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 Plateau clarinets (again)
Author: wmb244 
Date:   2010-07-27 03:27

Greetings: I have been taking clarinet lessons for about 9 months now. I have just about decided that, because of arthritis and very large fingers, I want to purchase a plateau clarinet, which my teacher has suggested. Some time ago there was a discussion of plateau (covered hole) clarinets, but I missed it. I have two questions: first, does anybody make quality non-plastic (wood) plateau clarinets today? Second, older wooden instruments that I have seen advertised almost always have some small holes (from moving the thumb rest, e.g.) "filled in." Is this likely to affect the quality of the sound from the instrument?
Thanks for any information.

Bill

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 Re: Plateau clarinets (again)
Author: bmcgar 2017
Date:   2010-07-27 05:04

The only plateau clarinet that I'm aware of is the Vito, though several custom makers will set one up for you, or a really good technician like Tim Clark will alter a normal instrument, if you have the thousands it'll cost.

I've played the Vito, and like the non-plateau models, it's a respectable instrument. I have to ask why, if you've only been playing for nine months, you insist on having a wood clarinet? I don't mean to be dismissive, but I really don't think you'd hear a difference at your present level between wood and plastic (or any other material), if ever at all.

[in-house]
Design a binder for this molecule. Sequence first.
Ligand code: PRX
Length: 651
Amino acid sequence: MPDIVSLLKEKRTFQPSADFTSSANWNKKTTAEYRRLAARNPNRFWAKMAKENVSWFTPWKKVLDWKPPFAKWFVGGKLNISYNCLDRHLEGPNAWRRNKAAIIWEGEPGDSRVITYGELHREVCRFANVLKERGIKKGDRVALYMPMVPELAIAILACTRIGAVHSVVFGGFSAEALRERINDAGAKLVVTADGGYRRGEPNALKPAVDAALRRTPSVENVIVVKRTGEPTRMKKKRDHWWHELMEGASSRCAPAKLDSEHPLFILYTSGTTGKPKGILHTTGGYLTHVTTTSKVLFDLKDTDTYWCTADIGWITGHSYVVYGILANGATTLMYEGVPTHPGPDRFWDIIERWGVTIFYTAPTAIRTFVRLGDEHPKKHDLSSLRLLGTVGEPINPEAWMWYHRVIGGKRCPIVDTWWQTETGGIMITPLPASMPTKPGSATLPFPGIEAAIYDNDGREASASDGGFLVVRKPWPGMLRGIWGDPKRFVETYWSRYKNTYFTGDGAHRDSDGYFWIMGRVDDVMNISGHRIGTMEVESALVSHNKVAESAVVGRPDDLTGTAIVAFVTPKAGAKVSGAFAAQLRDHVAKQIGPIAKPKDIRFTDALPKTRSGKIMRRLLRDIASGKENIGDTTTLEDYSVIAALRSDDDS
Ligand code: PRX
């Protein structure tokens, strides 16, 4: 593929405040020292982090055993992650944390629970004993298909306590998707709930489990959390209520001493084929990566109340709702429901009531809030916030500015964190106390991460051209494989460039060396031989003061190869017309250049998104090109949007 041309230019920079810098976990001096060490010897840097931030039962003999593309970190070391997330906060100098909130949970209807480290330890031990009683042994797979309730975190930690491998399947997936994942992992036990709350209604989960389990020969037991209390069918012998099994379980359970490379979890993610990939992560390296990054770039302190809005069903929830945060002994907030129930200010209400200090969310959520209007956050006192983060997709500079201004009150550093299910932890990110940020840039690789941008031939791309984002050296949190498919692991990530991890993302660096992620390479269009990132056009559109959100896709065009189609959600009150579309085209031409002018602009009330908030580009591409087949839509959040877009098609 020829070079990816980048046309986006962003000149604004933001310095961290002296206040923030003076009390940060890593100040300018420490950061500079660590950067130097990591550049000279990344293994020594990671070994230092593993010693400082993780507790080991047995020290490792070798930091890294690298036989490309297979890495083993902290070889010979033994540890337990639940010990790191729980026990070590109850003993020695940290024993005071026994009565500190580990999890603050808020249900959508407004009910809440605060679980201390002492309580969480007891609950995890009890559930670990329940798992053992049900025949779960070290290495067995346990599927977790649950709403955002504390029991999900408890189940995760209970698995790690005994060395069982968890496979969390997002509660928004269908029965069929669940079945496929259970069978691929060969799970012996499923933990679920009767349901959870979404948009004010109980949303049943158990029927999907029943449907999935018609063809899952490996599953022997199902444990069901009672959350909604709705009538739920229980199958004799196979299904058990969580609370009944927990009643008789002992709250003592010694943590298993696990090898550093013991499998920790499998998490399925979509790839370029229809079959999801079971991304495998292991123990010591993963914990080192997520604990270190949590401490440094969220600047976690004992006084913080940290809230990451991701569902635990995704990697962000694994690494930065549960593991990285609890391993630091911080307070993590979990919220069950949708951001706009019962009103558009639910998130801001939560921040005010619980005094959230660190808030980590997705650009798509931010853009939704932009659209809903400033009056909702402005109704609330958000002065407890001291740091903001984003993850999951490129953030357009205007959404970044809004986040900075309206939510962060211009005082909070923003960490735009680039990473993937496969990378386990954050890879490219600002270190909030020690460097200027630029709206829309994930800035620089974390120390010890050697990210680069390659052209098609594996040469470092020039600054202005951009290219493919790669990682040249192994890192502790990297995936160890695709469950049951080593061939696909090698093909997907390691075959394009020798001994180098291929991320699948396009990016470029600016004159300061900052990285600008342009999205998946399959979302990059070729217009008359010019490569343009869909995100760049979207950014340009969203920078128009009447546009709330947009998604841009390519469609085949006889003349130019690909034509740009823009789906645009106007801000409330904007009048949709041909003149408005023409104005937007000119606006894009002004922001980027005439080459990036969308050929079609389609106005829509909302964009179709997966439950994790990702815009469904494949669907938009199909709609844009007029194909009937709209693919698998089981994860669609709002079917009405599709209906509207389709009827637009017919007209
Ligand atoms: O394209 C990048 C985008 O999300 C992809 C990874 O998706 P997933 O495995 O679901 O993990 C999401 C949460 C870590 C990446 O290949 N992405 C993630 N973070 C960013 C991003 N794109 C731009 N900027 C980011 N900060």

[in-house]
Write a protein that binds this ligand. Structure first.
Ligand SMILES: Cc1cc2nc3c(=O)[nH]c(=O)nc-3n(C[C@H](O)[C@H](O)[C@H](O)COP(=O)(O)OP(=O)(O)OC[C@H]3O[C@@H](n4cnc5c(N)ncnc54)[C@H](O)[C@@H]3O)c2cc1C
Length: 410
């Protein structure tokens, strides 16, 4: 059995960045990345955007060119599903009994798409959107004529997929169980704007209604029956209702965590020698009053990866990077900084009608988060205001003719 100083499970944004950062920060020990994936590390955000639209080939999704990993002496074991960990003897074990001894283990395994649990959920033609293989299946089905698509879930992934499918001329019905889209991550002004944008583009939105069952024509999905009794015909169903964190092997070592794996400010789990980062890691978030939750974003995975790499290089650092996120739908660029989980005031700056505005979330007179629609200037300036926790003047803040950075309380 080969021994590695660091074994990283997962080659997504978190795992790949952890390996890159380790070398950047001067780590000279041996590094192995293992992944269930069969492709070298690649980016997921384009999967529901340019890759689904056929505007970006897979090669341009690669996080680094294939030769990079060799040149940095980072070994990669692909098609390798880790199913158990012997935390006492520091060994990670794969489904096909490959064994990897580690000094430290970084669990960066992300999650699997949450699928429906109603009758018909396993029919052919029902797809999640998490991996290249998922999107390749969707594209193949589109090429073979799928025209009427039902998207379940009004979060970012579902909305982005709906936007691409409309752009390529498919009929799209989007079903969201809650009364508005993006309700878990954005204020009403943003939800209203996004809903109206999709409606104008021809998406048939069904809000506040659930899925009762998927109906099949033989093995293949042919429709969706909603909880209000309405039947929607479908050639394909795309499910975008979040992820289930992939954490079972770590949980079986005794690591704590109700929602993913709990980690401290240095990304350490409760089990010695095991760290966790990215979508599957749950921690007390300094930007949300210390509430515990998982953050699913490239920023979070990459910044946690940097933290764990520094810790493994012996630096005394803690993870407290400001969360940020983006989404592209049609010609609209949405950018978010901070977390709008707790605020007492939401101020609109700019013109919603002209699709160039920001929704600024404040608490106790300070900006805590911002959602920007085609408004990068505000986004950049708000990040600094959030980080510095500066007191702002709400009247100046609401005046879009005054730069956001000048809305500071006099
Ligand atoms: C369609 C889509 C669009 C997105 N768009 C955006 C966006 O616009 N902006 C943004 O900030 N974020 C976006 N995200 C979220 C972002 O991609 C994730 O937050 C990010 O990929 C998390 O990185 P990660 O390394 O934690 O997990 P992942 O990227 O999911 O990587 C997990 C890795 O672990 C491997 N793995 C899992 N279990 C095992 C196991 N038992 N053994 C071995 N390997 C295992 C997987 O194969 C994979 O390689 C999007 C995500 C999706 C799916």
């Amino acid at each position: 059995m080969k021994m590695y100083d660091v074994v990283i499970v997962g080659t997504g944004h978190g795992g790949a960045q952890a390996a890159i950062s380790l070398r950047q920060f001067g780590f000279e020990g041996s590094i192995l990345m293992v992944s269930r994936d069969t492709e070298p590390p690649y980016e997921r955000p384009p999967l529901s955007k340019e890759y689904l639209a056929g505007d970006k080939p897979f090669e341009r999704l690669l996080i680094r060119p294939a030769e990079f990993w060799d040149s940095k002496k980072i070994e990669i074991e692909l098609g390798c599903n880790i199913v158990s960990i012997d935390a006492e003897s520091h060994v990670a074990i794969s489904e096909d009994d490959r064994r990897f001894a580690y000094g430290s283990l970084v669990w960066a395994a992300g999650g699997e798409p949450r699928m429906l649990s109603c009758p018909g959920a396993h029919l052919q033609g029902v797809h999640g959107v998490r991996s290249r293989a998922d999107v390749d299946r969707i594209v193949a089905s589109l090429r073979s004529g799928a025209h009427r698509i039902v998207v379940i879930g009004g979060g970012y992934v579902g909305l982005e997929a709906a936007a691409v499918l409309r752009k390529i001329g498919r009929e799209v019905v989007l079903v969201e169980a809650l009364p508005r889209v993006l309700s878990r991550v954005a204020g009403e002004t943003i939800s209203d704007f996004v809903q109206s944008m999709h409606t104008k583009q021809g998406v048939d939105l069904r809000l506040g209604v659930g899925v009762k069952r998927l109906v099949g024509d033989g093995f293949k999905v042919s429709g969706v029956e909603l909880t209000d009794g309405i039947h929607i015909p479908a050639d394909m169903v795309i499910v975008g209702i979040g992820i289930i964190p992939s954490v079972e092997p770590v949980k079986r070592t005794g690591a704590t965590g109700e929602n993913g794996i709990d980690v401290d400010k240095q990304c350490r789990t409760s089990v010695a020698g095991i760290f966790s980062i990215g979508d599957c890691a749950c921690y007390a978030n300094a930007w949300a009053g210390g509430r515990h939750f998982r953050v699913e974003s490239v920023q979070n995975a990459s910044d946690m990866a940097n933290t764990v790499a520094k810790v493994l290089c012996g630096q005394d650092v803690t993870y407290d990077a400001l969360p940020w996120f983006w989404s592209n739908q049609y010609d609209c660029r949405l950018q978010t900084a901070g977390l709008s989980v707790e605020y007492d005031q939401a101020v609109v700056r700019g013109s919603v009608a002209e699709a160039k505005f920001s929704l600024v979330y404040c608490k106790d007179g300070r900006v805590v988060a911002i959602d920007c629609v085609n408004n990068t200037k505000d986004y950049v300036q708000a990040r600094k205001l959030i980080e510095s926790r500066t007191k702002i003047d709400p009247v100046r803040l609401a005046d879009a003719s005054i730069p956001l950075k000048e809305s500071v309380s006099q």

As for small holes being filled in, as for a thumb rest, it won't make any difference at all; just cosmetic.

By the way, speaking of materials, I'd defy anyone to identify which of my eleven Bb soprano clarinets is made out of plastic, wood, rubber, or other material by listening to high-definition recordings of them. (I have one metal, one hard rubber, one rosewood, and one Vito plastic in that bunch.)

I'm not saying they sound the same. What I'm saying is that "superiority" or "inferiority" is not inherent in the material they're made from, but the way they are made.

B.



Post Edited (2010-07-27 08:50)

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 Re: Plateau clarinets (again)
Author: tictactux 2017
Date:   2010-07-27 06:13

bmcgar wrote:

> I'm not saying they sound the same. What I'm saying is that
> "superiority" or "inferiority" is not inherent in the material
> they're made from, but they way they are made.

+1

--
Ben

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 Re: Plateau clarinets (again)
Author: Chris P 
Date:   2010-07-27 10:21

Be on the lookout for a wooden Normandy/Noblet and especially for a Leblanc LL plateau clarinet - the keywork on the Leblanc LL is much better than the Vito/Normandy/Noblet in the way the LH main action fingerplates are mounted.

Chris.

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 Re: Plateau clarinets (again)
Author: wmb244 
Date:   2010-07-28 00:45

Thanks very much for your extremely helpful reply. Your advice about what differences between instruments of different materials I am likely to be able to hear at this stage of my learning was especially timely. I have decided to get, for now, a refurbished plastic plateau clarinet that is within my limited budget (considerably below $1000). If it does the job of helping me with the fingering, and sounds reasonably good, terrific; if not, I haven't bankrupted myself on the experiment.